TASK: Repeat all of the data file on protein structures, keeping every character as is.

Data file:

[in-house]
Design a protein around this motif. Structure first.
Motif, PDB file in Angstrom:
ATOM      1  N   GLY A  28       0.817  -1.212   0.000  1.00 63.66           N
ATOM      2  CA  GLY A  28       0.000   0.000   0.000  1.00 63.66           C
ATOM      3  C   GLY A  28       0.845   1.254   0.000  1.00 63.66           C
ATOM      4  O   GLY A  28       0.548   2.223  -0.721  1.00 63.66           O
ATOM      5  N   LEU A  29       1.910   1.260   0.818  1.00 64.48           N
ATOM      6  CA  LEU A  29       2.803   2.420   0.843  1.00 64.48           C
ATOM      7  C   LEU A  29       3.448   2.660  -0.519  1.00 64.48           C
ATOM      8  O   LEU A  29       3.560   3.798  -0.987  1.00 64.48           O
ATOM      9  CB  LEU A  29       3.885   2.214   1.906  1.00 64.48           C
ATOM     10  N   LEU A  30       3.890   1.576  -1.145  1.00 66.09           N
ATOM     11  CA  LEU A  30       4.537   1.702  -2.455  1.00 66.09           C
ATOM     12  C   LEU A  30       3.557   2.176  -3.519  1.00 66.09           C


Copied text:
[in-house]
Design a protein around this motif. Structure first.
Motif, PDB file in Angstrom:
ATOM      1  N   GLY A  28       0.817  -1.212   0.000  1.00 63.66           N
ATOM      2  CA  GLY A  28       0.000   0.000   0.000  1.00 63.66           C
ATOM      3  C   GLY A  28       0.845   1.254   0.000  1.00 63.66           C
ATOM      4  O   GLY A  28       0.548   2.223  -0.721  1.00 63.66           O
ATOM      5  N   LEU A  29       1.910   1.260   0.818  1.00 64.48           N
ATOM      6  CA  LEU A  29       2.803   2.420   0.843  1.00 64.48           C
ATOM      7  C   LEU A  29       3.448   2.660  -0.519  1.00 64.48           C
ATOM      8  O   LEU A  29       3.560   3.798  -0.987  1.00 64.48           O
ATOM      9  CB  LEU A  29       3.885   2.214   1.906  1.00 64.48           C
ATOM     10  N   LEU A  30       3.890   1.576  -1.145  1.00 66.09           N
ATOM     11  CA  LEU A  30       4.537   1.702  -2.455  1.00 66.09           C
ATOM     12  C   LEU A  30       3.557   2.176  -3.519  1.00 66.09           C